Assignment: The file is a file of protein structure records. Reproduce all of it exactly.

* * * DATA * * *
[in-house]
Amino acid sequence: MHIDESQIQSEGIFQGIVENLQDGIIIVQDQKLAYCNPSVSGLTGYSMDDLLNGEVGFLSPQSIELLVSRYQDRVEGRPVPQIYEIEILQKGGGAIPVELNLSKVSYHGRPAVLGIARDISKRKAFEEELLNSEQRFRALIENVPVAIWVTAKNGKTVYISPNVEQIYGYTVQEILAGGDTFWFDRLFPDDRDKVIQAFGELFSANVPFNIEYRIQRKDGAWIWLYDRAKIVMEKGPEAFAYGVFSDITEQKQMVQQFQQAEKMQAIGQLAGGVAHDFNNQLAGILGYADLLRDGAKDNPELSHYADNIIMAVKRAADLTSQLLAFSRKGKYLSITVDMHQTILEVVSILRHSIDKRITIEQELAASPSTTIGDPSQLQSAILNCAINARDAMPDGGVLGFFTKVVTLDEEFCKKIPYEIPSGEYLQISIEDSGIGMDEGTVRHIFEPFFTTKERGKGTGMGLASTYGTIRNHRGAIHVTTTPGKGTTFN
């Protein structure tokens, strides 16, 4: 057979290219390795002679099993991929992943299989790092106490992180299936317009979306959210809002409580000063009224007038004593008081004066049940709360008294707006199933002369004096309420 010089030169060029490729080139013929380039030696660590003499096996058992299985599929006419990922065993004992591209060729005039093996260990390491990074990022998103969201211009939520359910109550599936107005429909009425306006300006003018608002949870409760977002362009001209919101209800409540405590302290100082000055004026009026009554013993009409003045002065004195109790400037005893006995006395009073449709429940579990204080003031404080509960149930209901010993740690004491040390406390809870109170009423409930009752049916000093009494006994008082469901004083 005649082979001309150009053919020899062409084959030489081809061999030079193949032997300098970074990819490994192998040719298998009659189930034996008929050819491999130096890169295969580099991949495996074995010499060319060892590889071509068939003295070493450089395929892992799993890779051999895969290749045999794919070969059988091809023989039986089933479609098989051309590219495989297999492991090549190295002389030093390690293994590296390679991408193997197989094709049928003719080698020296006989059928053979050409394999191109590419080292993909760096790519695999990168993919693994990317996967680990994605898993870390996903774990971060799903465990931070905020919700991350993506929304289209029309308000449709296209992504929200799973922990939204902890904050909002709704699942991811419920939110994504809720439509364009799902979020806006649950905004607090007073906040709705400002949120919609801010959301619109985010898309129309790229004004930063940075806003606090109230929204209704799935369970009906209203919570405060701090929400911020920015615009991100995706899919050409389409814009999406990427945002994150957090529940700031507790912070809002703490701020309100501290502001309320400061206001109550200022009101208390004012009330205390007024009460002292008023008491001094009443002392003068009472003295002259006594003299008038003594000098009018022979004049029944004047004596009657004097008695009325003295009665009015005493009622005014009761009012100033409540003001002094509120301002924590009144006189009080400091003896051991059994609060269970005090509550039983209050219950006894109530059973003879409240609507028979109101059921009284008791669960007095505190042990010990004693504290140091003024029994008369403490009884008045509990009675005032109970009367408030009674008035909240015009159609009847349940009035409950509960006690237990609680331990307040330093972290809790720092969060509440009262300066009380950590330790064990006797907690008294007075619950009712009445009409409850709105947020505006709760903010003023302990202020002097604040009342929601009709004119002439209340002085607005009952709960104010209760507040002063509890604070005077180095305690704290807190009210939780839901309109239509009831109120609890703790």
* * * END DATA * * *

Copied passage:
[in-house]
Amino acid sequence: MHIDESQIQSEGIFQGIVENLQDGIIIVQDQKLAYCNPSVSGLTGYSMDDLLNGEVGFLSPQSIELLVSRYQDRVEGRPVPQIYEIEILQKGGGAIPVELNLSKVSYHGRPAVLGIARDISKRKAFEEELLNSEQRFRALIENVPVAIWVTAKNGKTVYISPNVEQIYGYTVQEILAGGDTFWFDRLFPDDRDKVIQAFGELFSANVPFNIEYRIQRKDGAWIWLYDRAKIVMEKGPEAFAYGVFSDITEQKQMVQQFQQAEKMQAIGQLAGGVAHDFNNQLAGILGYADLLRDGAKDNPELSHYADNIIMAVKRAADLTSQLLAFSRKGKYLSITVDMHQTILEVVSILRHSIDKRITIEQELAASPSTTIGDPSQLQSAILNCAINARDAMPDGGVLGFFTKVVTLDEEFCKKIPYEIPSGEYLQISIEDSGIGMDEGTVRHIFEPFFTTKERGKGTGMGLASTYGTIRNHRGAIHVTTTPGKGTTFN
């Protein structure tokens, strides 16, 4: 057979290219390795002679099993991929992943299989790092106490992180299936317009979306959210809002409580000063009224007038004593008081004066049940709360008294707006199933002369004096309420 010089030169060029490729080139013929380039030696660590003499096996058992299985599929006419990922065993004992591209060729005039093996260990390491990074990022998103969201211009939520359910109550599936107005429909009425306006300006003018608002949870409760977002362009001209919101209800409540405590302290100082000055004026009026009554013993009409003045002065004195109790400037005893006995006395009073449709429940579990204080003031404080509960149930209901010993740690004491040390406390809870109170009423409930009752049916000093009494006994008082469901004083 005649082979001309150009053919020899062409084959030489081809061999030079193949032997300098970074990819490994192998040719298998009659189930034996008929050819491999130096890169295969580099991949495996074995010499060319060892590889071509068939003295070493450089395929892992799993890779051999895969290749045999794919070969059988091809023989039986089933479609098989051309590219495989297999492991090549190295002389030093390690293994590296390679991408193997197989094709049928003719080698020296006989059928053979050409394999191109590419080292993909760096790519695999990168993919693994990317996967680990994605898993870390996903774990971060799903465990931070905020919700991350993506929304289209029309308000449709296209992504929200799973922990939204902890904050909002709704699942991811419920939110994504809720439509364009799902979020806006649950905004607090007073906040709705400002949120919609801010959301619109985010898309129309790229004004930063940075806003606090109230929204209704799935369970009906209203919570405060701090929400911020920015615009991100995706899919050409389409814009999406990427945002994150957090529940700031507790912070809002703490701020309100501290502001309320400061206001109550200022009101208390004012009330205390007024009460002292008023008491001094009443002392003068009472003295002259006594003299008038003594000098009018022979004049029944004047004596009657004097008695009325003295009665009015005493009622005014009761009012100033409540003001002094509120301002924590009144006189009080400091003896051991059994609060269970005090509550039983209050219950006894109530059973003879409240609507028979109101059921009284008791669960007095505190042990010990004693504290140091003024029994008369403490009884008045509990009675005032109970009367408030009674008035909240015009159609009847349940009035409950509960006690237990609680331990307040330093972290809790720092969060509440009262300066009380950590330790064990006797907690008294007075619950009712009445009409409850709105947020505006709760903010003023302990202020002097604040009342929601009709004119002439209340002085607005009952709960104010209760507040002063509890604070005077180095305690704290807190009210939780839901309109239509009831109120609890703790």